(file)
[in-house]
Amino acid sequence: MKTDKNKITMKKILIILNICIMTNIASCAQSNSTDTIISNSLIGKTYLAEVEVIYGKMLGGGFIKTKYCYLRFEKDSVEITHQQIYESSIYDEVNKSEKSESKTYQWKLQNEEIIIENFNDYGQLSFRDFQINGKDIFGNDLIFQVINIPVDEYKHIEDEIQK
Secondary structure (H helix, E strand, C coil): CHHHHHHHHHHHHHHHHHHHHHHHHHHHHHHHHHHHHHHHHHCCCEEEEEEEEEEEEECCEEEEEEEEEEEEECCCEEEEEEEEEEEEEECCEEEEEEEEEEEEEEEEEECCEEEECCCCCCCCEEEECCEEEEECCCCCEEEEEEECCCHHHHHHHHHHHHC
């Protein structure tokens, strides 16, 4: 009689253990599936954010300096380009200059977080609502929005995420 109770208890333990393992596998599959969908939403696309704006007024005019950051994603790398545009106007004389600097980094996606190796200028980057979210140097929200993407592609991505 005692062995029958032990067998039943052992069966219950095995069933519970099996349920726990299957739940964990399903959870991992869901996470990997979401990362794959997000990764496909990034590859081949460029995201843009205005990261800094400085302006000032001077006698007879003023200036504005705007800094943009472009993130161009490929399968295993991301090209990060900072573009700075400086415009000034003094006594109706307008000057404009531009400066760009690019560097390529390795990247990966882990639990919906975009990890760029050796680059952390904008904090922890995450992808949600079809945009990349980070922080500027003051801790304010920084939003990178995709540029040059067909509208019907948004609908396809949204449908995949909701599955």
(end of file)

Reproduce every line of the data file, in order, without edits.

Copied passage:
[in-house]
Amino acid sequence: MKTDKNKITMKKILIILNICIMTNIASCAQSNSTDTIISNSLIGKTYLAEVEVIYGKMLGGGFIKTKYCYLRFEKDSVEITHQQIYESSIYDEVNKSEKSESKTYQWKLQNEEIIIENFNDYGQLSFRDFQINGKDIFGNDLIFQVINIPVDEYKHIEDEIQK
Secondary structure (H helix, E strand, C coil): CHHHHHHHHHHHHHHHHHHHHHHHHHHHHHHHHHHHHHHHHHCCCEEEEEEEEEEEEECCEEEEEEEEEEEEECCCEEEEEEEEEEEEEECCEEEEEEEEEEEEEEEEEECCEEEECCCCCCCCEEEECCEEEEECCCCCEEEEEEECCCHHHHHHHHHHHHC
């Protein structure tokens, strides 16, 4: 009689253990599936954010300096380009200059977080609502929005995420 109770208890333990393992596998599959969908939403696309704006007024005019950051994603790398545009106007004389600097980094996606190796200028980057979210140097929200993407592609991505 005692062995029958032990067998039943052992069966219950095995069933519970099996349920726990299957739940964990399903959870991992869901996470990997979401990362794959997000990764496909990034590859081949460029995201843009205005990261800094400085302006000032001077006698007879003023200036504005705007800094943009472009993130161009490929399968295993991301090209990060900072573009700075400086415009000034003094006594109706307008000057404009531009400066760009690019560097390529390795990247990966882990639990919906975009990890760029050796680059952390904008904090922890995450992808949600079809945009990349980070922080500027003051801790304010920084939003990178995709540029040059067909509208019907948004609908396809949204449908995949909701599955």